public AnimationClip clip;
    public bool applyRootMotion;
}

That way we could make as many fields as we want using that type then use a simple method to play them and apply the metadata:

[SerializeField] private MotionClip _Idle;
[SerializeField] private MotionClip _Walk;

public void Play(MotionClip motion)
{
    _Animancer.Play(motion.clip);
    _Animancer.Animator.applyRootMotion = motion.applyRootMotion;
}

Now we can just call Play(_Idle) or Play(_Walk) and we could use a MotionClip in any script without manually adding a bool alongside every AnimationClip.

Since we want to control this particular example with UI Buttons, we instead use an array of MotionClips so we can add an Overload of the Play method which just takes an int parameter:

[SerializeField] private MotionClip[] _Animations;

public void Play(int index)
{
    Play(_Animations[index]);// Call the Play method above.
}

That gives us a simple grouping in the Inspector (and in code) where the metadata is managed alongside the AnimationClip reference:

Transitions

There are plenty of other kinds of metadata that you could add with this approach such as transition duration, start time, speed, a toggle for Inverse Kinematics, or information more specific to your particular game like a "poise" value to indicate how easily each animation can be interrupted by enemy attacks. Fortunately, Animancer already has some inbuilt Transitions which you can Inherit from so you do not have to do it all yourself:

// Replace the old MotionClip class with this.
[Serializable]
public class MotionTransition : ClipTransition
{
    [SerializeField, Tooltip("Should Root Motion be enabled when this animation plays?")]
    private bool _ApplyRootMotion;

ClipTransition already has the AnimationClip, transition duration, start time, and speed, so all we need to add is the Root Motion bool. Then override its Apply method to set the Animator.applyRootMotion property accordingly:

    public override void Apply(AnimancerState state)
    {
        base.Apply(state);
        state.Root.Component.Animator.applyRootMotion = _ApplyRootMotion;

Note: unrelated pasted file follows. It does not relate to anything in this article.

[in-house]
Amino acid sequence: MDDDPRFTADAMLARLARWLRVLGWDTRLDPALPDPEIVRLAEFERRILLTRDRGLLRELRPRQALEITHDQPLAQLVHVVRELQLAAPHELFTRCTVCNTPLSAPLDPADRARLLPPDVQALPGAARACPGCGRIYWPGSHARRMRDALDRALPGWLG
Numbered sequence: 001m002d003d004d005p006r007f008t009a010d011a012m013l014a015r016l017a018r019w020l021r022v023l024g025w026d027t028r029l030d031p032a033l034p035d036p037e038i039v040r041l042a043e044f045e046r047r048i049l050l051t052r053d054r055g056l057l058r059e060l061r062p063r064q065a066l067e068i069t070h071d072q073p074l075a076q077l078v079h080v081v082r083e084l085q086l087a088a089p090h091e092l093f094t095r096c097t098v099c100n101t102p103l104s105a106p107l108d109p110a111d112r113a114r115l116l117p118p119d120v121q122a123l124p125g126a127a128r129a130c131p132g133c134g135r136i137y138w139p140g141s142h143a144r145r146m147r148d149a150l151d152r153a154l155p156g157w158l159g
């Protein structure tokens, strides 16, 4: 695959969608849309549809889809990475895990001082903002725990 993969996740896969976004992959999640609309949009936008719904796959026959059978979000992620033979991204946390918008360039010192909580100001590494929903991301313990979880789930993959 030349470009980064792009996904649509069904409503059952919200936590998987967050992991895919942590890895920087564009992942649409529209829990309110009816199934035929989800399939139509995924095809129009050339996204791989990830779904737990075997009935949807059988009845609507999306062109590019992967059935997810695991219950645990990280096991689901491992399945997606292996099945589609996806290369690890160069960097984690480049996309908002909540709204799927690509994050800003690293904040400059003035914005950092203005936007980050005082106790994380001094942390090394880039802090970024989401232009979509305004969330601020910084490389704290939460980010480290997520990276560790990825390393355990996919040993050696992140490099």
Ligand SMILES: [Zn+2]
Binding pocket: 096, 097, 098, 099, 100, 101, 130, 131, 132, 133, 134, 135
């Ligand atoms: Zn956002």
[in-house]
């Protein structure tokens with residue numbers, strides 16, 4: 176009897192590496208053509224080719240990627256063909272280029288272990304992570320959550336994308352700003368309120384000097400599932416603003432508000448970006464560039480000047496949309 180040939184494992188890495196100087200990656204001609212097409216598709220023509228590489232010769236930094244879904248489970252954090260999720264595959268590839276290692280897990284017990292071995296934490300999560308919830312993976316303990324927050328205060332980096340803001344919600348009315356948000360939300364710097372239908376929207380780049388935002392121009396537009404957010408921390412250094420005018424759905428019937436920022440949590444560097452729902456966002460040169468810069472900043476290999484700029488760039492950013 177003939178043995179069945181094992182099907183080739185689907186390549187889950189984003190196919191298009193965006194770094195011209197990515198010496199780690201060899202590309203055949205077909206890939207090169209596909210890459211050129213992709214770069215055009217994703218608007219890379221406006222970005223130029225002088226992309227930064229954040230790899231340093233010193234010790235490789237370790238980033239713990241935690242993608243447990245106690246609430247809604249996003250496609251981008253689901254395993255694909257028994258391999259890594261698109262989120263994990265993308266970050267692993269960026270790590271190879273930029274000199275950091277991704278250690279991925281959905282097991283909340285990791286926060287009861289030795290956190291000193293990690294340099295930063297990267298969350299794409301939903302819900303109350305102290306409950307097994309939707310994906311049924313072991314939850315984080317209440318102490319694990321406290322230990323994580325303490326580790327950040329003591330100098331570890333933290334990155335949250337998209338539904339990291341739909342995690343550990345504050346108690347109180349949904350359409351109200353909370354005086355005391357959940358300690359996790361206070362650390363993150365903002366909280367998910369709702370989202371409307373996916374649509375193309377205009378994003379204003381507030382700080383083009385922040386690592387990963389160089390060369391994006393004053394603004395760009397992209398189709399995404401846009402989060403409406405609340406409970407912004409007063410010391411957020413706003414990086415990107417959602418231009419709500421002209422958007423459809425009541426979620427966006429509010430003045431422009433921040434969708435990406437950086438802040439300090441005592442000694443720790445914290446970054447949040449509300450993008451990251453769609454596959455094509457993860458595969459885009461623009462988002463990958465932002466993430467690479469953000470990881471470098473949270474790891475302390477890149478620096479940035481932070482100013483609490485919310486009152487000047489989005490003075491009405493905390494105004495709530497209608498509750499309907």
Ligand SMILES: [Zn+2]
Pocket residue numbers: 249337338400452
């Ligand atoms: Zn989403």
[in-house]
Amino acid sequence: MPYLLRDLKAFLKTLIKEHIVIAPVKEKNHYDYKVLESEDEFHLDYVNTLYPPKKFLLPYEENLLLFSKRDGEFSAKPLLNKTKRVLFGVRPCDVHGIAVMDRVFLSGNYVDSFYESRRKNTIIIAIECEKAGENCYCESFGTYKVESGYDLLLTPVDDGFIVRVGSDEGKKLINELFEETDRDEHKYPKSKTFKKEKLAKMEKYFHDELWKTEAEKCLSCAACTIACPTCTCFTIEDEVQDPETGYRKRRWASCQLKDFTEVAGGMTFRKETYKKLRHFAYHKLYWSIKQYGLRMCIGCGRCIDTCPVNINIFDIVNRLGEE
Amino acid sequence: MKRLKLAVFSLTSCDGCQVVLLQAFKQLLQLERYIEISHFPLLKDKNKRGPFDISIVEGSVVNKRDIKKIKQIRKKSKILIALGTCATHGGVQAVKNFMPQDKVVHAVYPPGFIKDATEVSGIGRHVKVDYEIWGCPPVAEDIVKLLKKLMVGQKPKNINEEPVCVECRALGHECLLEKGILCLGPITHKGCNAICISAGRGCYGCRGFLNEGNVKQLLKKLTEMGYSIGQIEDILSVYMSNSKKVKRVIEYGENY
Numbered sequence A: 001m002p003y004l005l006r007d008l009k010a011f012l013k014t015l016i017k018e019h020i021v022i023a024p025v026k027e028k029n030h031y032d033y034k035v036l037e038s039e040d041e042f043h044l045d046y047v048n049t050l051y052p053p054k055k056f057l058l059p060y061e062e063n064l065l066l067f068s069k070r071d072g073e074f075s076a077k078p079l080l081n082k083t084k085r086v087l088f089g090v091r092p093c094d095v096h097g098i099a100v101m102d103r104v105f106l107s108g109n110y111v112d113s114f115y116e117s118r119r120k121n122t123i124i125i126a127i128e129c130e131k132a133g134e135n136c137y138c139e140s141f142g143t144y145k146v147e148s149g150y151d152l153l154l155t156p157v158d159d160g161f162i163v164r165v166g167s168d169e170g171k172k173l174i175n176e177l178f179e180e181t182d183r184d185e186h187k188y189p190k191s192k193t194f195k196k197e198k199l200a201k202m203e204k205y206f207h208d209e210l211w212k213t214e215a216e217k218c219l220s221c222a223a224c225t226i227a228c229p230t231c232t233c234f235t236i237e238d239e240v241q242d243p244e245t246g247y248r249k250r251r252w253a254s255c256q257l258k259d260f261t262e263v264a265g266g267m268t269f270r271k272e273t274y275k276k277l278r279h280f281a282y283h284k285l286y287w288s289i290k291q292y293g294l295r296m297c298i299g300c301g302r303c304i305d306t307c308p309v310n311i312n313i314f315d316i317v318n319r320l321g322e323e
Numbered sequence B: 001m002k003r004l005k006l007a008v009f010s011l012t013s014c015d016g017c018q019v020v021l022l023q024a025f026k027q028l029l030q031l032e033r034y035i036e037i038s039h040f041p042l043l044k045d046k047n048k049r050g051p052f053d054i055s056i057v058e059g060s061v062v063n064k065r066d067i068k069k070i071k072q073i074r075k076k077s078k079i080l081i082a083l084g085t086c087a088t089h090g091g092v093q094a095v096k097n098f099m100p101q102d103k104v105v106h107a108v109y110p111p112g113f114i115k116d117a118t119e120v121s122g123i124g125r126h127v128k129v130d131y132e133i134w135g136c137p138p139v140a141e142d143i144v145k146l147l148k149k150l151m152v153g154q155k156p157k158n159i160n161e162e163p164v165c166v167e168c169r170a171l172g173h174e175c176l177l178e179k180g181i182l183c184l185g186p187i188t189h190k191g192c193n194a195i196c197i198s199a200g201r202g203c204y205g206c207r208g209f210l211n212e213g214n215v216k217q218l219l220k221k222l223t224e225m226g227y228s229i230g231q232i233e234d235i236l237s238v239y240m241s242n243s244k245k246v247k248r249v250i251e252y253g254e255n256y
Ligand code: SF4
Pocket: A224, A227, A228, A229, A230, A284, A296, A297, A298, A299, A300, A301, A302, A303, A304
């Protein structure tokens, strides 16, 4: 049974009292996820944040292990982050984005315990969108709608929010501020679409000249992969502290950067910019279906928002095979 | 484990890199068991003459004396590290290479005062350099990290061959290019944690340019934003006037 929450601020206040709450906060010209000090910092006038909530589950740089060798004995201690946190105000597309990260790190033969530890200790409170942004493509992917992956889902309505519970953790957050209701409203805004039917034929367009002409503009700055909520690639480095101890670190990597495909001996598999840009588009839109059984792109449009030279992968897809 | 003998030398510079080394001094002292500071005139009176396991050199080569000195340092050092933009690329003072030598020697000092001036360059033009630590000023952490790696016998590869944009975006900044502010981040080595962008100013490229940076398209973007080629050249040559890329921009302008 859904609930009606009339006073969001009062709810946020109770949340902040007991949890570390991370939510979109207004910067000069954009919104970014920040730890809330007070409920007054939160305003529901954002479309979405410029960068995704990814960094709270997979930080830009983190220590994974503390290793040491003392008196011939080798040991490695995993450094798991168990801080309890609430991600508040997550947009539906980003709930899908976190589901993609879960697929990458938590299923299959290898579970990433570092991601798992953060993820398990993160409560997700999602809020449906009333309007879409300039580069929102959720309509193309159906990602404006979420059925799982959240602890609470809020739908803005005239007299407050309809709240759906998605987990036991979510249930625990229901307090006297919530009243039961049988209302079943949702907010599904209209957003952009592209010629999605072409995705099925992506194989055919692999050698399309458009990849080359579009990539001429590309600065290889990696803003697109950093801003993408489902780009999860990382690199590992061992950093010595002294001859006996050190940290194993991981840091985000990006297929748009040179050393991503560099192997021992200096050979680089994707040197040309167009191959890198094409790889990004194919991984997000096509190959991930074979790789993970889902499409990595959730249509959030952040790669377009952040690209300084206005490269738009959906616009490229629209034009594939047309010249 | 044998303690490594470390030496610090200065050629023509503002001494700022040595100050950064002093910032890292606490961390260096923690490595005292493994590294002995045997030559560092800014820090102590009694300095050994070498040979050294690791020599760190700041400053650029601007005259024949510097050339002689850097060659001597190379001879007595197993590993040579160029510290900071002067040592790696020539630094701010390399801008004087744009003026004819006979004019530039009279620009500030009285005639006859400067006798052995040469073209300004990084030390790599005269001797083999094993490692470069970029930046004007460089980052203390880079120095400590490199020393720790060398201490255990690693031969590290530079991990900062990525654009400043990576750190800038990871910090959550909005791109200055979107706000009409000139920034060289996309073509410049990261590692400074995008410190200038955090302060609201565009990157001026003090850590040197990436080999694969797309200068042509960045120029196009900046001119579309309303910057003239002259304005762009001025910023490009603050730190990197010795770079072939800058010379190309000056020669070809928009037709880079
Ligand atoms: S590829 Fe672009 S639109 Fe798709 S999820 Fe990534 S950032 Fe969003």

}
}

// And change the type of the _Animations field.
[SerializeField] private MotionTransition[] _Animations;

This way we get all those extra details in the Inspector without much extra effort (obviously we already got it working the other way earlier, but doing it this way from the start would be just as easy and gives a better result).

Redirecting Root Motion

It's often useful to have your character's model as a separate object from their other aspects (such as a Rigidbody and their other scripts) so you might have a hierarchy like this:

In that case you will need to redirect the Root Motion from the Animator to another object. Animancer includes several components to do that which are explained on the Redirect Root Motion page.

To demonstrate the concept, we can create a cube and use a RedirectRootMotionToTransform to move it instead of the character:

Conclusion

Click here to see the full RootMotion script.

using Animancer;
using Animancer.Units;
using System;
using UnityEngine;

public sealed class RootMotion : MonoBehaviour
{
    [Serializable]
    public class MotionTransition : ClipTransition
    {
        [SerializeField, Tooltip("Should Root Motion be enabled when this animation plays?")]
        private bool _ApplyRootMotion;

        public override void Apply(AnimancerState state)
        {
            base.Apply(state);
            state.Root.Component.Animator.applyRootMotion = _ApplyRootMotion;
        }
    }

    [SerializeField] private AnimancerComponent _Animancer;
    [SerializeField, Meters] private float _MaxDistance;
    [SerializeField] private MotionTransition[] _Animations;

    private Vector3 _Start;

    private void OnEnable()
    {
        _Start = transform.position;
        Play(0);
    }

    public void Play(int index)
    {
        _Animancer.Play(_Animations[index]);
    }

    private void FixedUpdate()
    {
        if (Vector3.Distance(_Start, transform.position) > _MaxDistance)
            transform.position = _Start;
    }
}

As mentioned earlier, the official Character Animation tutorial has a section which explains more about Root Motion and how to add it to animations.